Nikos Psacharopoulos

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Psacharopolous ca. 1970, Courtesy of the Williamstown Theater Festival

Nikos Psacharopoulos (born Athens, January 18, 1928, died St. John, U.S. Virgin Islands, on January 12, 1989 [1]) was an American theater producer, director, and educator.

Born Nickolas Konstantin Athanasios Psacharopoulos VII,[2] he claimed to have organized his first theatrical troupe at age 15 under the Nazi occupation of his homeland.[3] He moved to the United States in 1947 and attended Oberlin College where he directed productions for the Oberlin Mummers. He graduated in 1951 with a degree in art history. Three years later he received a Master of Fine Arts Degree in theater direction from the Yale Drama School. In 1955, he joined the faculty of Yale's undergraduate theater studies department and also taught in the graduate Drama School, where he remained until his death of colon cancer at age 60.

Psacharopoulos was a co-founder of the Williamstown Theater Festival (WTF) in 1955, based in the Adams Memorial Theater on the campus of Williams College. Psacharopoulos went on to serve as WTF's sole artistic executive director for 33 years, creating a professional summer theater that was more than a typical summer stock escapist operation. Under Psacharopoulos' leadership, WTF specialized in the plays of Anton Chekhov and Bertolt Brecht, as well as the work of many classic American playwrights such as Tennessee Williams, Thornton Wilder, Arthur Miller, and Archibald MacLeish. Psacharopoulos traveled often between his Greek homeland and New York City, his main residence, where he staged theater productions with the Circle-in-the-Square,[4] the New York Pro Musica,[5] and City Opera.[6]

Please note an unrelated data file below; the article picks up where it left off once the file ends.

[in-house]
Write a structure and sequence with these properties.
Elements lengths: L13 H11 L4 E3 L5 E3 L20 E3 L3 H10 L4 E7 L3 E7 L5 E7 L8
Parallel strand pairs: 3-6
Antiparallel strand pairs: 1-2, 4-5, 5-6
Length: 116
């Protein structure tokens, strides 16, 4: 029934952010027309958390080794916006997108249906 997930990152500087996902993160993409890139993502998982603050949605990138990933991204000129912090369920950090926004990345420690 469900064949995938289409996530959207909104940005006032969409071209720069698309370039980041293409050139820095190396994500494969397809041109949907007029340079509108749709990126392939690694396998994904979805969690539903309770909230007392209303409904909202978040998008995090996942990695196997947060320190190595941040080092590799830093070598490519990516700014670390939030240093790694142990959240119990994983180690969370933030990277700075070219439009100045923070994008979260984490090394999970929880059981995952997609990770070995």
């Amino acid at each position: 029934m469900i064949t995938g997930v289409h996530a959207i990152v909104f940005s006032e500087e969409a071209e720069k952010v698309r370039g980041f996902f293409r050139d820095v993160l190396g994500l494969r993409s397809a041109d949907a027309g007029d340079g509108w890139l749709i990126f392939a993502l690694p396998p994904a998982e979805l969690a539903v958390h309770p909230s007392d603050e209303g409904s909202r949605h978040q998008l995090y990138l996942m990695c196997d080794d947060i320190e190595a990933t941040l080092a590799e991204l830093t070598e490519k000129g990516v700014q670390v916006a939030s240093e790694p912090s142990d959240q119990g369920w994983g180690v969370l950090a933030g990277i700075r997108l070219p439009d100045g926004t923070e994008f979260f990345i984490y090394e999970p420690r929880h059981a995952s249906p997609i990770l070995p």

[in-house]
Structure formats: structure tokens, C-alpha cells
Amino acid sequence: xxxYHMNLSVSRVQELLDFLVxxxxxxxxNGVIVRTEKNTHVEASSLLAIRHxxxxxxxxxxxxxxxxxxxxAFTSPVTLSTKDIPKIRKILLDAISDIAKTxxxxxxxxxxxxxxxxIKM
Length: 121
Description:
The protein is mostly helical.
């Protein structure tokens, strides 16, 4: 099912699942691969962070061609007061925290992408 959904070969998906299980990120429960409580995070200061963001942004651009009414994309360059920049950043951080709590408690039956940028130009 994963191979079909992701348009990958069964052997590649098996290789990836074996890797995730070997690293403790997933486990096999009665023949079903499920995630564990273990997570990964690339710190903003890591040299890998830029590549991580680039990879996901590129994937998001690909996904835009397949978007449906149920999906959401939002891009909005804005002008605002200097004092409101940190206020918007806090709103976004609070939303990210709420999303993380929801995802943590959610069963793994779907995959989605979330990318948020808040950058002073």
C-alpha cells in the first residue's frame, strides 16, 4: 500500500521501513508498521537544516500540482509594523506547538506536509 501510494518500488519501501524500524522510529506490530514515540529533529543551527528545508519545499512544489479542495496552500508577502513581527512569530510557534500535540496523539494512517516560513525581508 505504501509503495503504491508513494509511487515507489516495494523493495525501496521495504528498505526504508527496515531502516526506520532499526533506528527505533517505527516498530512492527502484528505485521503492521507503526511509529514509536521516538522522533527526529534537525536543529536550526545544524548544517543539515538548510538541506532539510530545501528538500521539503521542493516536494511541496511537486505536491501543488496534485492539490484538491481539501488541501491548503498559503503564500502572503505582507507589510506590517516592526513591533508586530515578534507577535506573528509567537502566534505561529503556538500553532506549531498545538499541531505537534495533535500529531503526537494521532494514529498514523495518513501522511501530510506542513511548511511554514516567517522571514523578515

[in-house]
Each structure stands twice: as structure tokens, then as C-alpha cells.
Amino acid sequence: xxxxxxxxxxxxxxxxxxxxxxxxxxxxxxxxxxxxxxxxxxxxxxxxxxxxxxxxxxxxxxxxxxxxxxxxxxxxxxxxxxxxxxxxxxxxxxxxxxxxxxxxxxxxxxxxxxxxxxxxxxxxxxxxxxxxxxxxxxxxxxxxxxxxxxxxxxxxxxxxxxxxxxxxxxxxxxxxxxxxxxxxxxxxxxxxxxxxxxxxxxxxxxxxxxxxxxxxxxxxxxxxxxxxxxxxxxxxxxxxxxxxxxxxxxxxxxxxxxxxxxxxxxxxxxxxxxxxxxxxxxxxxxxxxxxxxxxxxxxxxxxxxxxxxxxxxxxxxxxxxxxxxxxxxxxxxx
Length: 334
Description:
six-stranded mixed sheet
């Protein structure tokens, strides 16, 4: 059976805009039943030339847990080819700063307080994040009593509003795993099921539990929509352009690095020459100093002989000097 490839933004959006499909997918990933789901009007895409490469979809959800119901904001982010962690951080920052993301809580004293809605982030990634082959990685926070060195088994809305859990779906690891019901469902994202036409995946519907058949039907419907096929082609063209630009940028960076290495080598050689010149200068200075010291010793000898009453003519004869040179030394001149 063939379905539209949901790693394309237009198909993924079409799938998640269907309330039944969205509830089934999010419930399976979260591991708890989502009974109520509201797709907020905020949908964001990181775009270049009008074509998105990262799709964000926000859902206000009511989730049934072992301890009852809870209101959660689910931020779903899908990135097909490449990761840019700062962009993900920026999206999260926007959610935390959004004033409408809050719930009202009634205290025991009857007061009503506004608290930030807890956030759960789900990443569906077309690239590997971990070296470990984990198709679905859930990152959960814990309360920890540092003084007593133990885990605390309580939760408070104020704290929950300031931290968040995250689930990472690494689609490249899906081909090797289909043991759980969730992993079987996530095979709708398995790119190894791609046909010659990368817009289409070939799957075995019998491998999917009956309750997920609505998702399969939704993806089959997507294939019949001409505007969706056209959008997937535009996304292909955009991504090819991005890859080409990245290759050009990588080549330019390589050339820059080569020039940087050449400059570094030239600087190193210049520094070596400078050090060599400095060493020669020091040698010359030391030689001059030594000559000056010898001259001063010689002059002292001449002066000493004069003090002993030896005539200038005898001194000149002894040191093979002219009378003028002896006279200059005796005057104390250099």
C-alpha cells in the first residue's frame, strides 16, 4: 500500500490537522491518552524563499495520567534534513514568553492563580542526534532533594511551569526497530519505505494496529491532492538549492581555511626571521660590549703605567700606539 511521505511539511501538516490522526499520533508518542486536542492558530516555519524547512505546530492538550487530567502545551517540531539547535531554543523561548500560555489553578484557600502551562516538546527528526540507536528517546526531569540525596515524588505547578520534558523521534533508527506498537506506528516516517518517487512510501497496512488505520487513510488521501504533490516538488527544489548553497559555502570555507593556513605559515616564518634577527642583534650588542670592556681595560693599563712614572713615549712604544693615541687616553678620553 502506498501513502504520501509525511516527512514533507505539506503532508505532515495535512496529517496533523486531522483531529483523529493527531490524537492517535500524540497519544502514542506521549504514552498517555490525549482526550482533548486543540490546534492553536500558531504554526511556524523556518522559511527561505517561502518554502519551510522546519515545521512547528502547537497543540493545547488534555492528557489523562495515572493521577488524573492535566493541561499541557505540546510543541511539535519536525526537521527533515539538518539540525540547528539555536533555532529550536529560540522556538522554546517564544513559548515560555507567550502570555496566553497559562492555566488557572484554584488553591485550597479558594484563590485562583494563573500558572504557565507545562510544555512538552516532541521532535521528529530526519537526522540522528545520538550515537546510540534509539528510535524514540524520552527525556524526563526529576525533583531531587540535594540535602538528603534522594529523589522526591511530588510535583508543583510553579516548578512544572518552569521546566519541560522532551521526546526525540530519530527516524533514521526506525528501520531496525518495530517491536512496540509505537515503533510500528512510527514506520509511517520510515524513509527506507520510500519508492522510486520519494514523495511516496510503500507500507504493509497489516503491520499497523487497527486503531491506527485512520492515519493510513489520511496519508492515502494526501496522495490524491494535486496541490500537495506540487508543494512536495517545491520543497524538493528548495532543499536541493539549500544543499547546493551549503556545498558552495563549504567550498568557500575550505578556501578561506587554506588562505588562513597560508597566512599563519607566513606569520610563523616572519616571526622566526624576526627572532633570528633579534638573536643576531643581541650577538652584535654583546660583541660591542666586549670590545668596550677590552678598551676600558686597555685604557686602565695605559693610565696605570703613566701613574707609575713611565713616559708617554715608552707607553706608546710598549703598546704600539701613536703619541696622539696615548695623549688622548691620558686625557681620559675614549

With actress Kate Burton, 1980. Courtesy of the Williamstown Theater Festival: Photo by Joseph Schuyler.

Psacharopoulos' international reputation and demanding artistry drew many famous actors to perform with the WTF, names such as Frank Langella, Kate Burton, Rosemary Harris, Blythe Danner, and Colleen Dewhurst. To all—his "stars" and apprentices—he was a man of great style, a gourmet who would excuse himself from a table of friends [7] to confer with a restaurant's chef; he was something of a dandy [8] who, nevertheless, was always addressed simply as "Nikos."

Many directors and leaders of American theater were inspired by Nikos' guidance. Each year he would choose an assistant from his students at Yale to accompany him to WTF to experience their first seasons as professional directors. Peter H. Hunt, Austin Pendleton, Keith Fowler, and Arvin Brown are among those who first worked with Nikos and went on to direct and teach at theaters and universities around the country.

Bibliography[edit]

  • The Actor's Chekhov: Interviews with Nikos Psacharopoulos and the Company of the Williamstown Theatre Festival, on the Plays of Anton Chekhov by Jean Hackett, John Guare and Nikos Psacharopoulos
  • Toward Mastery: An Acting Class With Nikos Psacharopoulos (Career Development Series) by Nikos Psacharopoulos and Jean Hackett

References[edit]

  1. ^ "Nikos Psacharopoulos, 60, Co-Founder of Theater", by Richard F. Shepard, New York Times, January 13, 1989
  2. ^ "Director Nikos Psacharopoulos Draws An A-Team to His Picture-Perfect Summer Theater," By Kristin McMurran, People, Archive, August 15, 1983 Vol. 20 No. 7
  3. ^ Nikos Psacharopoulos Papers, 1925-1987
  4. ^ "Review/Theater; Danner and Quinn In a New 'Streetcar'," by Frank Rich, New York Times, March 11, 1988
  5. ^ The Play of Daniel, New York Pro Musica, the Cloisters, New York City, 1958.
  6. ^ "Opera: Lizzie Borden," by Allen Hughes, New York Times, April 24, 1976
  7. ^ Recalled by Janet Bell and Austin Pendleton
  8. ^ Witness his black tie openings and his dashing annual program photos!

External links[edit]

Nikos Psacharopoulos Biography (1928-1989) on www.filmreference.com